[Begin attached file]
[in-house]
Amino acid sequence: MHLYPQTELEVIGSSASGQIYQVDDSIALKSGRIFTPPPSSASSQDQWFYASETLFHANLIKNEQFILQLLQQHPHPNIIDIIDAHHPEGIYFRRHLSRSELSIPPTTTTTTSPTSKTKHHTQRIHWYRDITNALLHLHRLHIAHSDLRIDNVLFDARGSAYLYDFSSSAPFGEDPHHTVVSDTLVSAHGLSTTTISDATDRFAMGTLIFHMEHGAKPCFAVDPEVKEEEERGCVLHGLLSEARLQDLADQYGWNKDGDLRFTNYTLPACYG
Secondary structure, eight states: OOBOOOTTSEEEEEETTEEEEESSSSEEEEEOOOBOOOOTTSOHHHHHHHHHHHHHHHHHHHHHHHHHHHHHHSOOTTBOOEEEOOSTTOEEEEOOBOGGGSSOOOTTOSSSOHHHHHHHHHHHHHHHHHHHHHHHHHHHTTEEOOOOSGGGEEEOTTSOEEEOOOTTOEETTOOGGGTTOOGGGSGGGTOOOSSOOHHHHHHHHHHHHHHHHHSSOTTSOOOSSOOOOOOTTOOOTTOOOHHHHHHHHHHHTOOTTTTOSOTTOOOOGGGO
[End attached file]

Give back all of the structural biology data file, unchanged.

[in-house]
Amino acid sequence: MHLYPQTELEVIGSSASGQIYQVDDSIALKSGRIFTPPPSSASSQDQWFYASETLFHANLIKNEQFILQLLQQHPHPNIIDIIDAHHPEGIYFRRHLSRSELSIPPTTTTTTSPTSKTKHHTQRIHWYRDITNALLHLHRLHIAHSDLRIDNVLFDARGSAYLYDFSSSAPFGEDPHHTVVSDTLVSAHGLSTTTISDATDRFAMGTLIFHMEHGAKPCFAVDPEVKEEEERGCVLHGLLSEARLQDLADQYGWNKDGDLRFTNYTLPACYG
Secondary structure, eight states: OOBOOOTTSEEEEEETTEEEEESSSSEEEEEOOOBOOOOTTSOHHHHHHHHHHHHHHHHHHHHHHHHHHHHHHSOOTTBOOEEEOOSTTOEEEEOOBOGGGSSOOOTTOSSSOHHHHHHHHHHHHHHHHHHHHHHHHHHHTTEEOOOOSGGGEEEOTTSOEEEOOOTTOEETTOOGGGTTOOGGGSGGGTOOOSSOOHHHHHHHHHHHHHHHHHSSOTTSOOOSSOOOOOOTTOOOTTOOOHHHHHHHHHHHTOOTTTTOSOTTOOOOGGGO